In Music: An International Flavor
| NEW YORK
WHERE is pop music going, and why is it going there? The answer involves a number of musical strands. The '80s saw the rise of the low-key mixture of classics, jazz, and pop styles known as ``new age'' music and the explosion of rap, that hard-edged, street-wise poetry of the young black community.
Along with it came a renaissance of the music of the '60s, with ``last chance'' tours by the Rolling Stones, the Who, and others. Heavy metal - the bad boy of rock 'n' roll - became a Top-40 phenomenon. And, for the first time since the advent of the talking film, what music fans saw became as important as what they heard - with the rise of the music video.
While all this was going on, a seed quietly planted by singer-songwriter Paul Simon turned out to be a catalyst for the most significant musical movement of the decade. In 1986, Simon released an album called ``Graceland'' - a catchy collaboration with South African musicians - which opened the ears of rock-weary Americans and set off a chain-reaction whose end is not in sight.
Not long after, African albums started to trickle in to the States. Israeli singer Ofra Haza started to make waves here, followed by the Bulgarian State Choir. Algerian rebel music, or ``rai,'' popped up in the international sections of record stores. Senegalese singer Youssou N'Dour recorded with British pop star Peter Gabriel. And soon a number of US groups were incorporating African, Brazilian, Middle Eastern, and Latin rhythms into their music.
Could one album have started all this?
I spoke with Simon in 1986, shortly after the release of ``Graceland,'' and he made these prophetic remarks: ``I would imagine that you'll hear more and more of [these musical hybrids]; especially I think you'll hear more and more African influence. It's the accessibility of it. ... It's just a natural thing for a certain type of musical thinker to be attracted to other cultures.''
Ken Terry, senior news editor at Billboard, a trade magazine, thinks Simon is being proven right. ```World beat' could be one of the most fruitful areas for expansion in the music business in the next several years,'' Mr. Terry, reached by phone, told me. ``It's really catching on pretty big in Europe. ... So what you're going to see happening, I think - which Paul Simon brilliantly realized on `Graceland' - is the possibility of a fusion of Western and non-Western music.''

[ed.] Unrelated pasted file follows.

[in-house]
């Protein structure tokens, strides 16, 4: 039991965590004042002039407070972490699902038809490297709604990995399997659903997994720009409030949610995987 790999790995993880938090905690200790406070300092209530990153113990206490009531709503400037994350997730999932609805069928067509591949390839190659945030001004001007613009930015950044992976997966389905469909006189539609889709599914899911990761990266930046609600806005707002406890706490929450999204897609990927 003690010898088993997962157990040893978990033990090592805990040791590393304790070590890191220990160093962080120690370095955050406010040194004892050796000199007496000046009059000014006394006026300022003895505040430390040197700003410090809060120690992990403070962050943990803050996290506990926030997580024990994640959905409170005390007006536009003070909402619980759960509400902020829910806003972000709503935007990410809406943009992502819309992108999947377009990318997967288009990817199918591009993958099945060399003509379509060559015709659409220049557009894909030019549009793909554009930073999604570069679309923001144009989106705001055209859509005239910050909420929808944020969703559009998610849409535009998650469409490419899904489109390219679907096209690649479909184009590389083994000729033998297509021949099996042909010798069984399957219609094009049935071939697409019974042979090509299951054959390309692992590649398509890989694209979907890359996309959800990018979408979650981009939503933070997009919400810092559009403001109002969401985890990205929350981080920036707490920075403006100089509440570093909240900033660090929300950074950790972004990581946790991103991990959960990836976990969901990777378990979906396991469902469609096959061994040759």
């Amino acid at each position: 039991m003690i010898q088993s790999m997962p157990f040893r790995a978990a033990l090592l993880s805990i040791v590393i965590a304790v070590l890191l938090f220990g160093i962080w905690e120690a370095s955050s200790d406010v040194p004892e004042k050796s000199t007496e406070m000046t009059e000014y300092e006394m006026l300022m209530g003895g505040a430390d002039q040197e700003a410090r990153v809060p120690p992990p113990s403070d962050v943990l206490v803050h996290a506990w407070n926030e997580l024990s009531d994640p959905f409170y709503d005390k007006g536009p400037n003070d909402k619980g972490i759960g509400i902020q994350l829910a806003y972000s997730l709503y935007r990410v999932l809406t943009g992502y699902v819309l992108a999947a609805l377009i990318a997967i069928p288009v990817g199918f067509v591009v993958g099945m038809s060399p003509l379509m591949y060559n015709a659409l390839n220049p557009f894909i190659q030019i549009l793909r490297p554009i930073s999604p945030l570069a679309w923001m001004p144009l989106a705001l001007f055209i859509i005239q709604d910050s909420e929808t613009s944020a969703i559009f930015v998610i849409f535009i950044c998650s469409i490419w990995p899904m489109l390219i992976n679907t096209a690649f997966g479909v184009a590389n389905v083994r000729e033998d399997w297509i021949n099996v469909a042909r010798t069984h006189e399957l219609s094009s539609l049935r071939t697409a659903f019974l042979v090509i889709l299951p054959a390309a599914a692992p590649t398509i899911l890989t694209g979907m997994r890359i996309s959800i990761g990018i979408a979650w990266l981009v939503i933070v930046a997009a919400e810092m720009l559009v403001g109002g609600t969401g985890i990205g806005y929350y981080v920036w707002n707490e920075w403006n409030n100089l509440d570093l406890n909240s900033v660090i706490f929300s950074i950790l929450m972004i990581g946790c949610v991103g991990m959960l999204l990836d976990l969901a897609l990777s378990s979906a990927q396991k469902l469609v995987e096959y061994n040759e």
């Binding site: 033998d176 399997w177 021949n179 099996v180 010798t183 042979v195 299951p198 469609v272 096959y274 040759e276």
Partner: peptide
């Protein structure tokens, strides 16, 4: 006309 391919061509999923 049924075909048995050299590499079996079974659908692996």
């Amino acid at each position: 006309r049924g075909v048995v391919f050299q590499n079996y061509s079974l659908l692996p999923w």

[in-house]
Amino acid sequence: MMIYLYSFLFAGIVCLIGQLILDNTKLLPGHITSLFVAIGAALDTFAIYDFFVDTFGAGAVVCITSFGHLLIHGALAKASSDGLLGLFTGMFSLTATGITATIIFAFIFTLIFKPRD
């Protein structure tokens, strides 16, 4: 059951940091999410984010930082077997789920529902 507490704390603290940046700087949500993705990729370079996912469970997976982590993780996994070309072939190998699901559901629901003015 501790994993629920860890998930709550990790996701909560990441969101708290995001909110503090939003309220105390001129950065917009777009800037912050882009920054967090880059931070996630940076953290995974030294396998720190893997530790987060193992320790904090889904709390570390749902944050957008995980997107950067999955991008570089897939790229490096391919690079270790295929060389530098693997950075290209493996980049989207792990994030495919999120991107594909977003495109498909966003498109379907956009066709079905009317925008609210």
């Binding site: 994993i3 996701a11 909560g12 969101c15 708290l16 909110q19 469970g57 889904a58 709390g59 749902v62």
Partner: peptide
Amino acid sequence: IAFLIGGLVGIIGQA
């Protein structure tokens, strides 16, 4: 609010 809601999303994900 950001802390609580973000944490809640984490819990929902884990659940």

Some of the other forces driving changes in pop music have to do with the rock 'n' roll burnout of the '80s. Compared with the infectious polyrhythms of much African, Caribbean, Latin, and Brazilian music, rock 'n' roll can seem rhythmically foursquare and dull after four decades.
``Rock is a ... rigid form,'' says Terry. ``Once you got through art rock, there wasn't too much more you could do.'' People like to dance, adds Terry, and most African pop music is tailor-made for it. Terry has some reservations, however, about the staying-power of world-beat music in the US: ``If more of us knew [other languages], there would probably be more of a following for some of this world-beat music.'' Nevertheless, he feels the shrinking of the globe has made it inevitable that American pop will continue to become less provincial, more international.
``It's a matter of technology reducing the size of the world, bringing everybody together,'' he says. ``It's been happening since the dawn of recording.''
At the threshold of the '90s, one can't help but be struck by the fact that ``music as an international language'' has become less a clich'e and more a reality.